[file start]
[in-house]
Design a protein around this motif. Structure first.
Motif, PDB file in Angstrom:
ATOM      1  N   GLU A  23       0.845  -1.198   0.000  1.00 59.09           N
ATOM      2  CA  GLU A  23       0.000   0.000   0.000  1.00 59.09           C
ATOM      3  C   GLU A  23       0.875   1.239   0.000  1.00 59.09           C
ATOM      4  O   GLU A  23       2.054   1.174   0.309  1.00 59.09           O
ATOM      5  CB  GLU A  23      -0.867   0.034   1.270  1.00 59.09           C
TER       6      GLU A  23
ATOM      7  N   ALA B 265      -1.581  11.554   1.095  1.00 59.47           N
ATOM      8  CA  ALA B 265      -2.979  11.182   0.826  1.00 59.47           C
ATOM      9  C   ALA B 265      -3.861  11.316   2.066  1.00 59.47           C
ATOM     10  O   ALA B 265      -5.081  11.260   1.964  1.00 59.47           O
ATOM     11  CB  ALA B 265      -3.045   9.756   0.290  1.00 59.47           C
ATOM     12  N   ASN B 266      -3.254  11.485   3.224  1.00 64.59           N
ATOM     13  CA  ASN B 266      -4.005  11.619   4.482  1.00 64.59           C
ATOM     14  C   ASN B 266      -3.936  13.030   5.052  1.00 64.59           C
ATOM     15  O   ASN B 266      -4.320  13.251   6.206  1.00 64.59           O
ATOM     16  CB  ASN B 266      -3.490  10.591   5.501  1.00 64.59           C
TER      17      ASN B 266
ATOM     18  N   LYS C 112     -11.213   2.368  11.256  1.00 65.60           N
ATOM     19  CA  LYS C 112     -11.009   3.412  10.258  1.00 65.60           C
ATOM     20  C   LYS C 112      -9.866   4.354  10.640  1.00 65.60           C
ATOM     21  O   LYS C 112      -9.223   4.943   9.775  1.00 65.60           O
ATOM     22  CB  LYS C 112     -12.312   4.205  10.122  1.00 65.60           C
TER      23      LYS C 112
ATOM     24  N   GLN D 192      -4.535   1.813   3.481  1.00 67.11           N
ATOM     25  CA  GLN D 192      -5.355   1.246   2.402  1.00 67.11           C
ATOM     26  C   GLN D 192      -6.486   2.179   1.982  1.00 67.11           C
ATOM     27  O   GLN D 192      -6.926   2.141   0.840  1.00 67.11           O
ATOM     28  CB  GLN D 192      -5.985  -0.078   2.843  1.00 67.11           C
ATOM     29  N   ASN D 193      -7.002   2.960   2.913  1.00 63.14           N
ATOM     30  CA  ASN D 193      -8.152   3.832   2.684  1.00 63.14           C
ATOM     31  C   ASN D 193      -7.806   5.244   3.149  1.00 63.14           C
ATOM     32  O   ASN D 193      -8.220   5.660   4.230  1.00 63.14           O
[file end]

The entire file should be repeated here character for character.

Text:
[in-house]
Design a protein around this motif. Structure first.
Motif, PDB file in Angstrom:
ATOM      1  N   GLU A  23       0.845  -1.198   0.000  1.00 59.09           N
ATOM      2  CA  GLU A  23       0.000   0.000   0.000  1.00 59.09           C
ATOM      3  C   GLU A  23       0.875   1.239   0.000  1.00 59.09           C
ATOM      4  O   GLU A  23       2.054   1.174   0.309  1.00 59.09           O
ATOM      5  CB  GLU A  23      -0.867   0.034   1.270  1.00 59.09           C
TER       6      GLU A  23
ATOM      7  N   ALA B 265      -1.581  11.554   1.095  1.00 59.47           N
ATOM      8  CA  ALA B 265      -2.979  11.182   0.826  1.00 59.47           C
ATOM      9  C   ALA B 265      -3.861  11.316   2.066  1.00 59.47           C
ATOM     10  O   ALA B 265      -5.081  11.260   1.964  1.00 59.47           O
ATOM     11  CB  ALA B 265      -3.045   9.756   0.290  1.00 59.47           C
ATOM     12  N   ASN B 266      -3.254  11.485   3.224  1.00 64.59           N
ATOM     13  CA  ASN B 266      -4.005  11.619   4.482  1.00 64.59           C
ATOM     14  C   ASN B 266      -3.936  13.030   5.052  1.00 64.59           C
ATOM     15  O   ASN B 266      -4.320  13.251   6.206  1.00 64.59           O
ATOM     16  CB  ASN B 266      -3.490  10.591   5.501  1.00 64.59           C
TER      17      ASN B 266
ATOM     18  N   LYS C 112     -11.213   2.368  11.256  1.00 65.60           N
ATOM     19  CA  LYS C 112     -11.009   3.412  10.258  1.00 65.60           C
ATOM     20  C   LYS C 112      -9.866   4.354  10.640  1.00 65.60           C
ATOM     21  O   LYS C 112      -9.223   4.943   9.775  1.00 65.60           O
ATOM     22  CB  LYS C 112     -12.312   4.205  10.122  1.00 65.60           C
TER      23      LYS C 112
ATOM     24  N   GLN D 192      -4.535   1.813   3.481  1.00 67.11           N
ATOM     25  CA  GLN D 192      -5.355   1.246   2.402  1.00 67.11           C
ATOM     26  C   GLN D 192      -6.486   2.179   1.982  1.00 67.11           C
ATOM     27  O   GLN D 192      -6.926   2.141   0.840  1.00 67.11           O
ATOM     28  CB  GLN D 192      -5.985  -0.078   2.843  1.00 67.11           C
ATOM     29  N   ASN D 193      -7.002   2.960   2.913  1.00 63.14           N
ATOM     30  CA  ASN D 193      -8.152   3.832   2.684  1.00 63.14           C
ATOM     31  C   ASN D 193      -7.806   5.244   3.149  1.00 63.14           C
ATOM     32  O   ASN D 193      -8.220   5.660   4.230  1.00 63.14           O